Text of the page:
Last weekend a video depicting a tense altercation between a man believed to be returning from Europe with alleged contraband and a border patrol officer trended on social media. The video shows a civilian in a heated argument with an officer of the law, supposedly over 5000 Naira, and rather than the officer exercising patience and discipline, (which are skill sets I believe should have been taught at the academy) he does the polar opposite, and shoots the man in point blank range. Every other thing that occurred in the video after the shooting ranged from hysteric reactions, to panic, to near lynching.

Moments later, custom service of Nigeria decided that doing some PRing, instead of launching a full scale investigation was the best line of action. An insult to the family of the victim. Public relations officer of the customs service released a statement which for the most part consisted of defending and justifying the killing of an unarmed civilian by a public officer. It was disgusting to read, seeing as we literally witnessed the whole thing, while the report suggests something different from what we saw. They claimed the shooting was done  in self defence as the victim attempted to un-arm the officer, the video shows otherwise, while there seemed to be an argument, it didn’t appear to be physical .

What next:

Both incidents brings into the conversation, a question we Nigerians need an answer to: ‘Who do we hold accountable?”

The question itself seems quite easy to answer.  Any reasonable person would deduce the fact that a government originated issue (negligence of governmental duties) should be pinned on the government. But looking at the question while taking into consideration the nature of the people being governed, the question quickly becomes more complex to answer.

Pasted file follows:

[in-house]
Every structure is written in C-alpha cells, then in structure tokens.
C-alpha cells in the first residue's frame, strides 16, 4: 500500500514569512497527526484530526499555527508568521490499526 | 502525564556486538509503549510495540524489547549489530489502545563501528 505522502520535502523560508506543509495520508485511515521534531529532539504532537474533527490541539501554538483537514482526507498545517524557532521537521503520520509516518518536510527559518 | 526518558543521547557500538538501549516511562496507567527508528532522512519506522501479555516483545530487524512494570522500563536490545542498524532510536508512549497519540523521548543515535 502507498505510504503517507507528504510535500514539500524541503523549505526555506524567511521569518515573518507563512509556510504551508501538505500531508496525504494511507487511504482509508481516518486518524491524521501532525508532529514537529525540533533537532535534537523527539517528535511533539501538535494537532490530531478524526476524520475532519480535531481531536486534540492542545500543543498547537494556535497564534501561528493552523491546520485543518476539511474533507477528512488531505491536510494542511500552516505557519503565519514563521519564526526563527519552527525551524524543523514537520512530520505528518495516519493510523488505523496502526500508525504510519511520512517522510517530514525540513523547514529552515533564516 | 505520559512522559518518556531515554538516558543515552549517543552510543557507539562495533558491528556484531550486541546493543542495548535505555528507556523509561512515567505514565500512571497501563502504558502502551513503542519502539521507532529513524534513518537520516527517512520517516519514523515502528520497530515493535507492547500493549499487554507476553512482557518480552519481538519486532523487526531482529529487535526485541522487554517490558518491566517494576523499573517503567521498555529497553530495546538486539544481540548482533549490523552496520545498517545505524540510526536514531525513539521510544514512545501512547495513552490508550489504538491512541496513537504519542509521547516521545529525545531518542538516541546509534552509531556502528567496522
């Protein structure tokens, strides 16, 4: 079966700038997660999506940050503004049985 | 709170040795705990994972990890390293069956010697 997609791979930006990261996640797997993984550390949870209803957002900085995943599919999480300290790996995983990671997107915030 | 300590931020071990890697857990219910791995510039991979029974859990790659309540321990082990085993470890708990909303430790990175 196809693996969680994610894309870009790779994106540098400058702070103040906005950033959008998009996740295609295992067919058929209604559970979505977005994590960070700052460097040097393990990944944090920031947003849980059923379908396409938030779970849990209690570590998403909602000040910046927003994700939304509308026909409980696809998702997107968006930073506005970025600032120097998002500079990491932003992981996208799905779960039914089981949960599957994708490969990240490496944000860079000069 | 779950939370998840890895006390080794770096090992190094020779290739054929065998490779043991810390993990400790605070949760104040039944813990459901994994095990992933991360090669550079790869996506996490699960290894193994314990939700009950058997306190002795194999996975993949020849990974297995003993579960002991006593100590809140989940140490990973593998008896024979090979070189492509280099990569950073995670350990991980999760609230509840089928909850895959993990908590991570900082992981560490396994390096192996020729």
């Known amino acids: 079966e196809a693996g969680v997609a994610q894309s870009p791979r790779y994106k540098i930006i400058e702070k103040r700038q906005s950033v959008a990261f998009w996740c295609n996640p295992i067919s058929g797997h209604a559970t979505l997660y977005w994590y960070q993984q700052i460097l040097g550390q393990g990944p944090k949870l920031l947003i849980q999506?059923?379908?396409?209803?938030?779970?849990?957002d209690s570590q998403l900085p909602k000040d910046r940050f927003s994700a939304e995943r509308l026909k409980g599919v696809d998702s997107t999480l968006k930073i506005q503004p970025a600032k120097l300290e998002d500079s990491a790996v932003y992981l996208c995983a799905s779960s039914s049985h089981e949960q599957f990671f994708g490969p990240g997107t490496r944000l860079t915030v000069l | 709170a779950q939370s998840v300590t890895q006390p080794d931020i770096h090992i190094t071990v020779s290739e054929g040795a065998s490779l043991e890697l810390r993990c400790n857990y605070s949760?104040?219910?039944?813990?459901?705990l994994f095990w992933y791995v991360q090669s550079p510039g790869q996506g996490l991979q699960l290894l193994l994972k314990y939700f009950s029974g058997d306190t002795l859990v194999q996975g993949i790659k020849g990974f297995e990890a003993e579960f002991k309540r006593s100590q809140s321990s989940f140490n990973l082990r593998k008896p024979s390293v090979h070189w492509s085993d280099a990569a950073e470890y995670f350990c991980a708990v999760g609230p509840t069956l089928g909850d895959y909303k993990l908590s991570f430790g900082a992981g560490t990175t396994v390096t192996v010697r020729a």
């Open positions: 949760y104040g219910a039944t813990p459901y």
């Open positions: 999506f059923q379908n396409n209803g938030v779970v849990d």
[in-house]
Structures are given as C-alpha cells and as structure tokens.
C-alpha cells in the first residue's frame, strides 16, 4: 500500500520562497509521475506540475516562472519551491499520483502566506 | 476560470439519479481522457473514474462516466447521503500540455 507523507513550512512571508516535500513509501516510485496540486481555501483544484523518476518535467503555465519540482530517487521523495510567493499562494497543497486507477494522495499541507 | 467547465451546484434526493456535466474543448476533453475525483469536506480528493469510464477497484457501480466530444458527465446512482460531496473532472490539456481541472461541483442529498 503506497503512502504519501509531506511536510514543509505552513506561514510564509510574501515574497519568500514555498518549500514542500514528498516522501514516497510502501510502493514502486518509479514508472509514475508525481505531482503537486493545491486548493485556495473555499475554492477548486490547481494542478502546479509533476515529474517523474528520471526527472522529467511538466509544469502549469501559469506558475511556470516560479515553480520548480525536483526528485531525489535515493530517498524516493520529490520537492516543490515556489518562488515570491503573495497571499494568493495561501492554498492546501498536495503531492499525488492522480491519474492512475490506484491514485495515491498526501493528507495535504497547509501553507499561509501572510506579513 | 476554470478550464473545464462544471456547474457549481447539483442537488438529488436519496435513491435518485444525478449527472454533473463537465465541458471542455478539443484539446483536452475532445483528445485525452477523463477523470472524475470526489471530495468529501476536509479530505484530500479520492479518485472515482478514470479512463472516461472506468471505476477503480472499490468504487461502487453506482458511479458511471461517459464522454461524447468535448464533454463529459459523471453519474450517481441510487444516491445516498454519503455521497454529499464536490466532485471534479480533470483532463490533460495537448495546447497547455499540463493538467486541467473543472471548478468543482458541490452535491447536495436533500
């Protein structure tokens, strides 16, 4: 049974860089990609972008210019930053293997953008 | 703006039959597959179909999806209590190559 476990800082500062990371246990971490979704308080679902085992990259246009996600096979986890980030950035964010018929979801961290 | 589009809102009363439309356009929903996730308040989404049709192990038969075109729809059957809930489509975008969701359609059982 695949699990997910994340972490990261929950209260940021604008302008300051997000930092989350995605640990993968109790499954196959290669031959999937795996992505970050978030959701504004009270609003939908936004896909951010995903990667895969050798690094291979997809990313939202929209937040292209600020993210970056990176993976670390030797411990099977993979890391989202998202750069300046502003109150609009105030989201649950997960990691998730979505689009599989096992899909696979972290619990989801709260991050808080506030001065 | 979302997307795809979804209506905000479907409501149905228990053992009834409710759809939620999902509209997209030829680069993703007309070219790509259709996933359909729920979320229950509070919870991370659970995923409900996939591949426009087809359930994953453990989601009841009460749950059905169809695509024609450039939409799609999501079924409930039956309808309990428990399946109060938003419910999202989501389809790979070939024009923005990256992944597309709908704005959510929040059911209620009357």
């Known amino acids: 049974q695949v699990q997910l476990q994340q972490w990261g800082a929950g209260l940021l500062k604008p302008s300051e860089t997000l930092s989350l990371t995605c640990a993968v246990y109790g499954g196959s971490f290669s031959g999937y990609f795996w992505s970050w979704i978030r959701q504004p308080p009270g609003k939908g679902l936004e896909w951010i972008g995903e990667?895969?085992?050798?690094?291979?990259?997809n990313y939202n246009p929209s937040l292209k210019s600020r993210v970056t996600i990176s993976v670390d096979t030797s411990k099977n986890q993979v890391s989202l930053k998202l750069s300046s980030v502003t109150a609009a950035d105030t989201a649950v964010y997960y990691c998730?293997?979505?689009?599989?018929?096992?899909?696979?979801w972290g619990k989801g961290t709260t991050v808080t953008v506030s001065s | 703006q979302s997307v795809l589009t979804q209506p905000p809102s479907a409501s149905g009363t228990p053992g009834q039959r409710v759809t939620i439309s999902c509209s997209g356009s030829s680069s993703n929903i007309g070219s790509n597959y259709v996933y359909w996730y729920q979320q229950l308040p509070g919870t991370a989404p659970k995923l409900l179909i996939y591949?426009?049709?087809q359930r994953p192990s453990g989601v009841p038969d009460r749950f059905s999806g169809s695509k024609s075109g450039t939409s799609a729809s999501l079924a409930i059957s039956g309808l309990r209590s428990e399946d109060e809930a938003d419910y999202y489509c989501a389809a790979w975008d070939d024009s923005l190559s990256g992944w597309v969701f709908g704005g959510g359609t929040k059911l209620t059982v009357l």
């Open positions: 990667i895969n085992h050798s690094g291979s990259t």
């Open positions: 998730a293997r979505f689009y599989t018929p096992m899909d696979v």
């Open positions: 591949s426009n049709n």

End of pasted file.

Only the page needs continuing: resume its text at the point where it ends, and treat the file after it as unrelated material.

Like Edmund Burke said: evil  prevails  when good men fail to act. 

For a puzzle to be completed, every piece must be intact, you can accredit that saying to me. I came up with that. But on a more serious note, both sayings come into effect when putting forth the question: who do we hold accountable?

Inec can subject its workers to terrible conditions under the barest minimum, and the government can turn a blind eye to the undignified treatment of its citizens, unjustifiable killings and a general negligence of the duties they were put in office to carry out. But all this will not be possible if the people in question refuse to stand for it. If the people collectively speak up and even act against corrupt governance, it would make government officials uncomfortable and eventually force them to act accordingly. It is like the star trek character Spock said: Logic dictates that the needs of the many outweighs the needs of the few. But surprisingly this doesn’t seem to be the case.

Immediately after the whole debacle with the treatment of corp members, I got into an NYSC forum platform, which I wish to keep anonymous, to gauge the reactions of the people who seemingly suffered the most at the hands of inec, and it was hard for me to believe that some corp members were not exactly outraged about how they were treated. The conflicting feelings among the primary victims was an interesting thing to witness.

To put it simply, they didn’t believe that what they went through that night was a big deal.

They had initially expected to be subjected to the inhumane conditions they were eventually subjected to and even now they plan on enduring the same come the new election eve day.

With people still eager to stake their lives participating as adhoc staffs in the elections it becomes easy to see why inec can un-repentantly neglect to provide the necessary requirements needed to conduct a free and fair and safe election. And with no social justice action, protest or legal action taken by citizens to ensure justice for the man shot at the border, why would an already corrupt government be coerced to address or take responsibility for the killing of an innocent man by an officer appointed by them.

It becomes apparent that the problems facing the country both stems from the people and its government. The Nigerian people constantly tolerate the corruptness of the government and in doing so, they empower and permit the government to continue in its tracks.